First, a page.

Houston, Texas: Quick Facts?

Incorporated in 1837, Houston is the country’s biggest and most successful cities. The total area of the city is 656.3 square miles, where 22.3 of those miles are water and the other 634 is land. The city offers the fourth tallest skyline, falling behind New York City, Chicago, as well as Toronto. Houston also boats a seven-mile system of tunnels where skywalks link the buildings downtown. This allows those traveling by foot to avoid rain and the humid summer heat.

Houston has received many high positive rankings from prestigious avenues. It has been named the best shopping city, the best city for paycheck worth, along with the top ciy for the creation of employment.

The city has a humid subtropical climate, which quite typical in the South. Much of Texas is located in “Tornado Alley”, but not Houston. Much of the year prevailing winds blow in from the south and southeast. These winds bring in heat and moisture from the Gulf of Mexico. Summers are hot and humid, and winters are calm and mild.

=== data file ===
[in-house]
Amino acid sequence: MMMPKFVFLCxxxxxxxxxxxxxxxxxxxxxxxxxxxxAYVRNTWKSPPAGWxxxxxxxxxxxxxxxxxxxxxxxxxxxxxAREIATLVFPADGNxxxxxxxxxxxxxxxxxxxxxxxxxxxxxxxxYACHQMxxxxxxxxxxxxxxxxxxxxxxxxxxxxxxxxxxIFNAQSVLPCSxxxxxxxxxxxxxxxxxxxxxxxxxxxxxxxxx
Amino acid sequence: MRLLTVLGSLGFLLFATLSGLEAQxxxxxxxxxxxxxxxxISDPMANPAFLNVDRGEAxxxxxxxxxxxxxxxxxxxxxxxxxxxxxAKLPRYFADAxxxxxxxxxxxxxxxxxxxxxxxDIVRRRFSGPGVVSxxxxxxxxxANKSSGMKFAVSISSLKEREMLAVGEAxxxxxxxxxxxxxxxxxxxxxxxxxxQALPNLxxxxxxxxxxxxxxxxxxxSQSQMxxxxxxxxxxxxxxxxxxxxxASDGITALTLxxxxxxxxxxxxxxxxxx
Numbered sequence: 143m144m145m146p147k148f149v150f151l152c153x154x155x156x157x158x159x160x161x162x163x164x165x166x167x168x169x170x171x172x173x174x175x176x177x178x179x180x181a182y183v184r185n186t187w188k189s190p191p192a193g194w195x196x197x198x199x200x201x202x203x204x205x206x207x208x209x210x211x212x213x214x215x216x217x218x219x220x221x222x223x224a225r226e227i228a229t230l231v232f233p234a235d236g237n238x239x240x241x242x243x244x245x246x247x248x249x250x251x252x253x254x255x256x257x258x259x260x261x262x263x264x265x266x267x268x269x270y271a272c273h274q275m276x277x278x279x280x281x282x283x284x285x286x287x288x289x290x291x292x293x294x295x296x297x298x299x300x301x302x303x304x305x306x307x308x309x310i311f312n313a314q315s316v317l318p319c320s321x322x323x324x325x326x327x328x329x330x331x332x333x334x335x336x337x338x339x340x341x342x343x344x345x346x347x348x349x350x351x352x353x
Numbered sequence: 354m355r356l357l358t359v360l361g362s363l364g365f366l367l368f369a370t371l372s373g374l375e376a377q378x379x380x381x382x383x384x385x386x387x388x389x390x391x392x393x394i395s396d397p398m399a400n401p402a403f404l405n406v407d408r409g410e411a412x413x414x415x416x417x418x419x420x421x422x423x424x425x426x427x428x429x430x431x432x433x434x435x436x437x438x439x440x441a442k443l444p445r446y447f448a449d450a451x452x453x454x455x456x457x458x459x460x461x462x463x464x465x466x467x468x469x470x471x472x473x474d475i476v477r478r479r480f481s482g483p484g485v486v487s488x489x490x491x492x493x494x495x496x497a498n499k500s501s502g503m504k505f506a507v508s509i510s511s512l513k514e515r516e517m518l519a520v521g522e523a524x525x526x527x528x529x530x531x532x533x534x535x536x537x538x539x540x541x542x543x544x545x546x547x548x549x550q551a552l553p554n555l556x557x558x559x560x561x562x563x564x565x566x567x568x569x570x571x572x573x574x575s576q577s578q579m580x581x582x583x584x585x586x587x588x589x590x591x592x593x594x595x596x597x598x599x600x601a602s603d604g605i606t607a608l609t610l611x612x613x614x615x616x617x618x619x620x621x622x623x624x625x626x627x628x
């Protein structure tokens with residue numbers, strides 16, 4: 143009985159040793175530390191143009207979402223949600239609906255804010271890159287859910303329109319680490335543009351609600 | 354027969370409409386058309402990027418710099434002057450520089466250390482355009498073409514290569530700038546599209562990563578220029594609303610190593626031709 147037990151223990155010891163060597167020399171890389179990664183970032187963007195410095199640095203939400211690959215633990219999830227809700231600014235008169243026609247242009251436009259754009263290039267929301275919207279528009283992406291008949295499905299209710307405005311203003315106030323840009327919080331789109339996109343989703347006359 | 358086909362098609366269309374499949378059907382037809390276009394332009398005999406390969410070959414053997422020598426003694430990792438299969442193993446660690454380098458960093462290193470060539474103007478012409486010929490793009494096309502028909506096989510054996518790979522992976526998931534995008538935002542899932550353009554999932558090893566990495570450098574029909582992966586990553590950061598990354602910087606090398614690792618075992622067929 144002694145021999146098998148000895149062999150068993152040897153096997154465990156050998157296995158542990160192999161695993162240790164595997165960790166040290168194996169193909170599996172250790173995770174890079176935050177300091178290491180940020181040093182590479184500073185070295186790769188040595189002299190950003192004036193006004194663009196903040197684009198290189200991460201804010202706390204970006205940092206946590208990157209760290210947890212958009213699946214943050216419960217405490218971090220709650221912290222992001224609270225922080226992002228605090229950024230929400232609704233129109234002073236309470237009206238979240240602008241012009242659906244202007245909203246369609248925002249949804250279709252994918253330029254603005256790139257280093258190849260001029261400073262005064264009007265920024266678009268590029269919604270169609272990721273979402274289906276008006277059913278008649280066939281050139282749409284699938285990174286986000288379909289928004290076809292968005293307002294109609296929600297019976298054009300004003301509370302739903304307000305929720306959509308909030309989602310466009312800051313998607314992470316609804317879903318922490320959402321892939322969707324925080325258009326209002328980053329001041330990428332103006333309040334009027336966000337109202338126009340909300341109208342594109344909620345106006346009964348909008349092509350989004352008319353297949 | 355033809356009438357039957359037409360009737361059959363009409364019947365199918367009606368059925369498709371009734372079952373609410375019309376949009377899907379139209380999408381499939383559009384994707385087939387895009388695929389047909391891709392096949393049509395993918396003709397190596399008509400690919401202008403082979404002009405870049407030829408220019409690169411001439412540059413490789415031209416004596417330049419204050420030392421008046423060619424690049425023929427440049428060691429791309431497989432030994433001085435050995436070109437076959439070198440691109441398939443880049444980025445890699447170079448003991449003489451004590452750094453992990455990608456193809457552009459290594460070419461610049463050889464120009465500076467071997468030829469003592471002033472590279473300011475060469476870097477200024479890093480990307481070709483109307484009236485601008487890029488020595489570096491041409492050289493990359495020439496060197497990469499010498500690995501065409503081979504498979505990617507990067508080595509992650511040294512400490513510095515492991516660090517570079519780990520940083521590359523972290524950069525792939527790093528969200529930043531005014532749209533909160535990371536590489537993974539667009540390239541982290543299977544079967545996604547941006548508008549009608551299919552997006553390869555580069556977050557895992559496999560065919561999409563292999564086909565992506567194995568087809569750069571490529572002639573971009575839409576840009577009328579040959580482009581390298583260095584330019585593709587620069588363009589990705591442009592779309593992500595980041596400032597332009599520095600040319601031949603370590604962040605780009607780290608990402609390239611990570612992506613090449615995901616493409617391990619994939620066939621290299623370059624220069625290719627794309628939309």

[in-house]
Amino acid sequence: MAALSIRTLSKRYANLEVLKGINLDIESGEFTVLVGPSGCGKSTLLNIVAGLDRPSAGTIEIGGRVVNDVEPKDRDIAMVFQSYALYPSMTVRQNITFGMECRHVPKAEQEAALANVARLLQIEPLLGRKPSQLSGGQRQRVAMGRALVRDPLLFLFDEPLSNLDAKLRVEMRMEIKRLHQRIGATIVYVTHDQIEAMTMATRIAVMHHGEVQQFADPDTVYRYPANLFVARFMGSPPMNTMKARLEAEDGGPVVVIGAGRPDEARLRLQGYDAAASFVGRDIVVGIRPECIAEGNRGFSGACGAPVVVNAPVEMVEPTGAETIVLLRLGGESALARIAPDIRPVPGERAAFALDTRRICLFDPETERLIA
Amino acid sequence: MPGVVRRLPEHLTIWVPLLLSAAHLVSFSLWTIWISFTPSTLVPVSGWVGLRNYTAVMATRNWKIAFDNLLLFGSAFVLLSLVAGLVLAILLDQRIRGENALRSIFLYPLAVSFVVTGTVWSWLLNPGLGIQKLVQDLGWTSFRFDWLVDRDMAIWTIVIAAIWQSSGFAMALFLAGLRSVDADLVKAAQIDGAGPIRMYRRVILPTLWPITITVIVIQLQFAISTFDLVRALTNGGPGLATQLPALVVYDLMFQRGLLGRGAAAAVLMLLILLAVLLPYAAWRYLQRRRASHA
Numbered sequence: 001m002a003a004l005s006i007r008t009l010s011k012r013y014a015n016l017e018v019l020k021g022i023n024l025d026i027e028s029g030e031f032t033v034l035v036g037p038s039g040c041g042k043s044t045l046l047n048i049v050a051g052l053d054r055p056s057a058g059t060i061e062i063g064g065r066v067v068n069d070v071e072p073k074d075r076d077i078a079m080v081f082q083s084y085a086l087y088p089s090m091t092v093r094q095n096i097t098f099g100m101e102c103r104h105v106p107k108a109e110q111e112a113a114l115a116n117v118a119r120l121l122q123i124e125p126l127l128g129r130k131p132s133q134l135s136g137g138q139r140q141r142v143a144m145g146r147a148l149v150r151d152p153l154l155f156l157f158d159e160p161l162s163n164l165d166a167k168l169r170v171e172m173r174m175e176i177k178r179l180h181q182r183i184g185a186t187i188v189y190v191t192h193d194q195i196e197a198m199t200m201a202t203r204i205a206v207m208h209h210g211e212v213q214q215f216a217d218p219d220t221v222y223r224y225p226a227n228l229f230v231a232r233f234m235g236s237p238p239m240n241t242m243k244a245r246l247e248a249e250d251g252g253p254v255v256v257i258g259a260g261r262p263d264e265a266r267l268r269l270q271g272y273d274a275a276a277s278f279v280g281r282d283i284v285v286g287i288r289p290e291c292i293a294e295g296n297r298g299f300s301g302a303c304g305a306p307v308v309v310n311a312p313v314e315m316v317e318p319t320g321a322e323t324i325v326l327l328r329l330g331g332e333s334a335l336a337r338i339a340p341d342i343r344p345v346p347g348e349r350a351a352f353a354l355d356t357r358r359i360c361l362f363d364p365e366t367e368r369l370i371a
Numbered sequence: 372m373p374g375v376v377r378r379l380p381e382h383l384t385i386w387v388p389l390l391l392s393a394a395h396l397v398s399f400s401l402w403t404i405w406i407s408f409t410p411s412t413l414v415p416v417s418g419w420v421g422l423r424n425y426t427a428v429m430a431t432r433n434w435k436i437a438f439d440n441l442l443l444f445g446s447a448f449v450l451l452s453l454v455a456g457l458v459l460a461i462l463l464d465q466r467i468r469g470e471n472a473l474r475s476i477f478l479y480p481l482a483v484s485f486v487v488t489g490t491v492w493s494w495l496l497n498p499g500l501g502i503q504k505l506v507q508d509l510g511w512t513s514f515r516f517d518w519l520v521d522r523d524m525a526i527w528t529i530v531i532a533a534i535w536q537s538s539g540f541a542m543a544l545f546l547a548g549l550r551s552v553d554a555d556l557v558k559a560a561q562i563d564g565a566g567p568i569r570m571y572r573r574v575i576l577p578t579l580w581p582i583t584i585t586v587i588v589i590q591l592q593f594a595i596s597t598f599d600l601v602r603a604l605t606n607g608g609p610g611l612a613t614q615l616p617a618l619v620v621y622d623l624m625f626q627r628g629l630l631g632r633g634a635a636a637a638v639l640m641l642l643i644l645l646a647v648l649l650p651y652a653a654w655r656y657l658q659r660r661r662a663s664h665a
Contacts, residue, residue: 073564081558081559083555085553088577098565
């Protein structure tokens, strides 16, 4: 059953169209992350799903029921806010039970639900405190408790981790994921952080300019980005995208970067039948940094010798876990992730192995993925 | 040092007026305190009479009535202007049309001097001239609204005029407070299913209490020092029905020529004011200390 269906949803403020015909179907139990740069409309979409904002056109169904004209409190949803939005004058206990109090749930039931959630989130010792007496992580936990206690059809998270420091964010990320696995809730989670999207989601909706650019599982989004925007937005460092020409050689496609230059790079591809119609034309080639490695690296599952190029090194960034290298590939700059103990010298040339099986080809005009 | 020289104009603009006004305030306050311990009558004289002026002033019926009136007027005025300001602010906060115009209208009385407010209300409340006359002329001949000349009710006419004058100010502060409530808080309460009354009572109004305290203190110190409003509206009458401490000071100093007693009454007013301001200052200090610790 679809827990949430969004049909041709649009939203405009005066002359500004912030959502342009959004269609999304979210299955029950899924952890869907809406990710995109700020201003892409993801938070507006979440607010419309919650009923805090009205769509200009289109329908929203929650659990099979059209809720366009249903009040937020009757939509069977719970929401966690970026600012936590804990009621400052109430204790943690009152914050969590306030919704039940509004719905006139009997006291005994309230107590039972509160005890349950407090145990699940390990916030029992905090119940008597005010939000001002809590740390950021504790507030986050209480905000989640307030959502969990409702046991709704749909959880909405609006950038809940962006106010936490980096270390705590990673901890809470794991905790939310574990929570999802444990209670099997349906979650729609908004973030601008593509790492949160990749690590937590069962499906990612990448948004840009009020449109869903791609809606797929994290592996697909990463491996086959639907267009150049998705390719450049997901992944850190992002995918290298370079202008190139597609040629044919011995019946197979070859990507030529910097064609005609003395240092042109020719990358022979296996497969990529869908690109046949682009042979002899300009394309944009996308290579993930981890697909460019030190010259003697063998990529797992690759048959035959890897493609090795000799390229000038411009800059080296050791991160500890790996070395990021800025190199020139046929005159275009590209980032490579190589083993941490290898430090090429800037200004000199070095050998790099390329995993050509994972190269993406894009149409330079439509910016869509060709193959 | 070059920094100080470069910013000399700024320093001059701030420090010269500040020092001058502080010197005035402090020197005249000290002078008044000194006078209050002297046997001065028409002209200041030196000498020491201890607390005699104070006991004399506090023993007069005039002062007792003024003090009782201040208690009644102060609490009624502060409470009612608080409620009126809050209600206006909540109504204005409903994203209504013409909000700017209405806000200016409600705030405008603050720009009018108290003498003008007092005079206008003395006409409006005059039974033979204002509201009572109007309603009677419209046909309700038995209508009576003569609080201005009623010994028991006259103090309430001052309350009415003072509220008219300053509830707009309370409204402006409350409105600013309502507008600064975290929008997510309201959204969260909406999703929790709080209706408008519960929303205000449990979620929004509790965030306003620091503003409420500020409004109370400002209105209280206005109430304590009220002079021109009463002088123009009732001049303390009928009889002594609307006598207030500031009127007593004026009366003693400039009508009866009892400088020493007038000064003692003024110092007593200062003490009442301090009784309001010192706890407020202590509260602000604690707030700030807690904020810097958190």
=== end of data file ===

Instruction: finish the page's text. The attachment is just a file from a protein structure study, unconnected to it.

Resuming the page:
Houston has been nicknamed “Space City”, but has so much more to offer. This global city is a major player in international trade, business, culture, media, entertainment, fashion, sports, science, technology, medicine, education, and research. Part of the city’s success can be traced backed to the Port of Houston, which has been ranked highly in both total cargo tonnage handled and international waterborne tonnage handled.

Various religious and ethnic groups call the area home, and there is a large international community. It is also home to a variety of cultural exhibits and institutions, which help to bring in more than seven million visitors each year. The city’s many universities, along with being one of the major port cities has helped with the great diversity of cultures that call Houston home. The city has often been referred to as the United States’ most diverse city.